If you want to raise more money from your donation request letter, then you have to make donating convenient. You’ve put a lot of time, effort, and money into mailing a great fundraising letter to your donor list. Why lose donations by making your donors jump through hoops to give you money?
Fundraising consultant Alan Sharpe explains how “convenience” is the key to maximizing donations from any type of donor appeal. By making it more convenient for your donors to give money, you will get more donations, plain and simple.
Raise More Donations With Fundraising Letters by Making it Convenient For Donors to Respond
I had a client who wanted to drive prospective customers to his online store using a postcard. Great idea, I thought, and cost effective.
He had a terrific product, a compelling offer, and a sound business model. He had just one problem. He wanted to make all website visitors register before they could browse his product catalog. Big mistake.
So I, along with his business partner, managed to talk him out of the idea. And he was glad that we did.
That’s because one of the fundamental requirements of direct mail is that you make it easy for your prospects, customers and donors to respond. The word to remember is “convenience.” You must make responding as convenient as possible. Here are some ways to do that with your donors.
- Print your donor’s name and address on it so the donor doesn’t have to.
- If your donors must complete part of the card, give them enough space (most direct mail donors are over 60 and can’t read or write without glasses).
- Pay for return postage so your donors don’t have to hunt for a stamp.
- Print your return address on the return envelope.
- Place coupons at the outside corners of the page (not in the gutter or the middle of the page), where they are easy to tear out.
- Perforate the edges of tear-out coupons with a fine perf, not a coarse one, so they are easy to tear out.
- Offer as many payment options as possible without paralyzing your reader.
- Accept all the major credit cards.
- Accept cheques.
- Accept recurring monthly donations.
- Accept donations by telephone (toll-free, of course).
- Accept donations by mail.
- Accept donations on your website.
One of the beautiful things about donating by mail is the convenience. But that is only true if the direct mail donating experience is convenient. Use some of these methods to improve your convenience quotient and your donors will thank you for it-with their gifts.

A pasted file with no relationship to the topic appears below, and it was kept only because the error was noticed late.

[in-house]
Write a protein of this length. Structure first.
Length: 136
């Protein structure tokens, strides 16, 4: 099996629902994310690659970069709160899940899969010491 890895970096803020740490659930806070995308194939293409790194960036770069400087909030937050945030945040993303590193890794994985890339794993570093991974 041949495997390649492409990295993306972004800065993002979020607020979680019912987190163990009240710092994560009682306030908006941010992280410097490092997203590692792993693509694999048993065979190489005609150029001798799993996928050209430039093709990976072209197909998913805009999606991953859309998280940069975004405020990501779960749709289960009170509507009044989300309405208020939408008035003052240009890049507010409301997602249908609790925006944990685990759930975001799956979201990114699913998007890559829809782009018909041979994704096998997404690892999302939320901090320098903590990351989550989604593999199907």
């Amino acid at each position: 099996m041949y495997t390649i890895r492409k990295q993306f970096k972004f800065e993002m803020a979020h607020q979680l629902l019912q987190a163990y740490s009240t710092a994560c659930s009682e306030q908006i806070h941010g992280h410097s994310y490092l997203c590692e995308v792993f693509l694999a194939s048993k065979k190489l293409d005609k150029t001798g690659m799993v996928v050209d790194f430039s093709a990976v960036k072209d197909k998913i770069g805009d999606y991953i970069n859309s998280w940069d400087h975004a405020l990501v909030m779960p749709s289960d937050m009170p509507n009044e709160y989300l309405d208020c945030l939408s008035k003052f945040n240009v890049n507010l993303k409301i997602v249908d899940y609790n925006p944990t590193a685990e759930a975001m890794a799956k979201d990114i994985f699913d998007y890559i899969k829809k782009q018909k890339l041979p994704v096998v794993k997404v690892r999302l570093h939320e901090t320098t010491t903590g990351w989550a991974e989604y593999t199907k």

About The Author
Alan Sharpe, CFRE, is a fundraising practitioner, author, trainer and speaker. Through his weekly newsletter, books, handbooks and workshops, Alan helps not-for-profit organizations worldwide to acquire more donors, raise more funds and build stronger relationships. As the Director of Direct Development with The Gideons International In Canada, Alan manages their direct mail, major gifts and planned giving programs. Sign up for “Alan Sharpe’s Fundraising Pointers,” Alan’s free, weekly, email newsletter, at www.raisersharpe.com.
More Donation Request Letter Tips
The Art Of The Ask – No matter what type of fundraising you are doing, you have to do the ask. The Art Of The Ask varies depending on how you’re raising funds – in person, online, in an appeal letter, or in an email – but it all comes down to getting people to donate money to your cause.
The 4 C’s Of Donation Letter Reply Devices – Your donation letter reply device must follow the 4 C’s – It must be Clear, Complete, Compelling, and Convenient. Failing to follow the 4 C’s of donation letter reply devices means that you have defective instrument, i.e. that your reply device is weak and ineffective at maximizing donations.
Five Fundraising Letter Tips – When writing a fundraising letter, there are five things you should do to get more donations. These 5 tips for writing fundraising letters are all about communicating directly with your reader in an engaging manner that captures their interest.
Fundraising Donation Request Letters – Donation request letters work best if they have AIDA. Learn a lesson from professional direct mail copywriters. They follow a time-tested format in their sales letters, one that you can also follow when writing direct mail fundraising letters for your non-for-profit organization. All you need to remember is AIDA: Attraction, Interest, Desire, and Action.